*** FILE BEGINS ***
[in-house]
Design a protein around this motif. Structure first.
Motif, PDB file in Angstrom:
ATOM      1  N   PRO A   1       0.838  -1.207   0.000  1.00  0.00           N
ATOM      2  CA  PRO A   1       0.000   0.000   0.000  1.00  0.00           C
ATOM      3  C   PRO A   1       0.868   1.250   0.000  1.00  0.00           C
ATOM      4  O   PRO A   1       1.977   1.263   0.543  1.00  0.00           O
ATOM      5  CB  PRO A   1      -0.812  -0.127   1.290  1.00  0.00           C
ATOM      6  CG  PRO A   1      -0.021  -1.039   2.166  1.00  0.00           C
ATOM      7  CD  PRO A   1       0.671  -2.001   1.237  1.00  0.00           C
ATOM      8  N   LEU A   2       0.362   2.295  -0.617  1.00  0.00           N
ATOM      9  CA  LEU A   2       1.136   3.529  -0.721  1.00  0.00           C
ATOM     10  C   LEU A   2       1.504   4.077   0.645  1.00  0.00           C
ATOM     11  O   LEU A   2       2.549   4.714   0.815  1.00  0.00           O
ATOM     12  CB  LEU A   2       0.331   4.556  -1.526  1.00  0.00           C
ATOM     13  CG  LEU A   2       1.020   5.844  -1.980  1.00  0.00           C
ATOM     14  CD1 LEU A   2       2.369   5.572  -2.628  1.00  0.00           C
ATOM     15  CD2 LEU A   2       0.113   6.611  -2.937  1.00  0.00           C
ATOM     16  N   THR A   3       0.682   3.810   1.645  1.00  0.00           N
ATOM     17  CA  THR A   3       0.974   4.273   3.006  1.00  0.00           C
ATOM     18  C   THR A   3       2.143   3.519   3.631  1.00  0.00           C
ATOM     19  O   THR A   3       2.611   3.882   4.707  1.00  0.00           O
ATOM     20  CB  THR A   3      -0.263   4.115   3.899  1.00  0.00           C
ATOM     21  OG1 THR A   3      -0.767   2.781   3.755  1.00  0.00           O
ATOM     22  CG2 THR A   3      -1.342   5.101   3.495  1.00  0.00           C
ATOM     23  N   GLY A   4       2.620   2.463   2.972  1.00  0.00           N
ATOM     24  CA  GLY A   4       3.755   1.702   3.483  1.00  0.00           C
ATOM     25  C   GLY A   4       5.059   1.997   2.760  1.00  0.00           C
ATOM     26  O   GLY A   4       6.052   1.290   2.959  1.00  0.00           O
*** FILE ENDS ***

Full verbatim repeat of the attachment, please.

[in-house]
Design a protein around this motif. Structure first.
Motif, PDB file in Angstrom:
ATOM      1  N   PRO A   1       0.838  -1.207   0.000  1.00  0.00           N
ATOM      2  CA  PRO A   1       0.000   0.000   0.000  1.00  0.00           C
ATOM      3  C   PRO A   1       0.868   1.250   0.000  1.00  0.00           C
ATOM      4  O   PRO A   1       1.977   1.263   0.543  1.00  0.00           O
ATOM      5  CB  PRO A   1      -0.812  -0.127   1.290  1.00  0.00           C
ATOM      6  CG  PRO A   1      -0.021  -1.039   2.166  1.00  0.00           C
ATOM      7  CD  PRO A   1       0.671  -2.001   1.237  1.00  0.00           C
ATOM      8  N   LEU A   2       0.362   2.295  -0.617  1.00  0.00           N
ATOM      9  CA  LEU A   2       1.136   3.529  -0.721  1.00  0.00           C
ATOM     10  C   LEU A   2       1.504   4.077   0.645  1.00  0.00           C
ATOM     11  O   LEU A   2       2.549   4.714   0.815  1.00  0.00           O
ATOM     12  CB  LEU A   2       0.331   4.556  -1.526  1.00  0.00           C
ATOM     13  CG  LEU A   2       1.020   5.844  -1.980  1.00  0.00           C
ATOM     14  CD1 LEU A   2       2.369   5.572  -2.628  1.00  0.00           C
ATOM     15  CD2 LEU A   2       0.113   6.611  -2.937  1.00  0.00           C
ATOM     16  N   THR A   3       0.682   3.810   1.645  1.00  0.00           N
ATOM     17  CA  THR A   3       0.974   4.273   3.006  1.00  0.00           C
ATOM     18  C   THR A   3       2.143   3.519   3.631  1.00  0.00           C
ATOM     19  O   THR A   3       2.611   3.882   4.707  1.00  0.00           O
ATOM     20  CB  THR A   3      -0.263   4.115   3.899  1.00  0.00           C
ATOM     21  OG1 THR A   3      -0.767   2.781   3.755  1.00  0.00           O
ATOM     22  CG2 THR A   3      -1.342   5.101   3.495  1.00  0.00           C
ATOM     23  N   GLY A   4       2.620   2.463   2.972  1.00  0.00           N
ATOM     24  CA  GLY A   4       3.755   1.702   3.483  1.00  0.00           C
ATOM     25  C   GLY A   4       5.059   1.997   2.760  1.00  0.00           C
ATOM     26  O   GLY A   4       6.052   1.290   2.959  1.00  0.00           O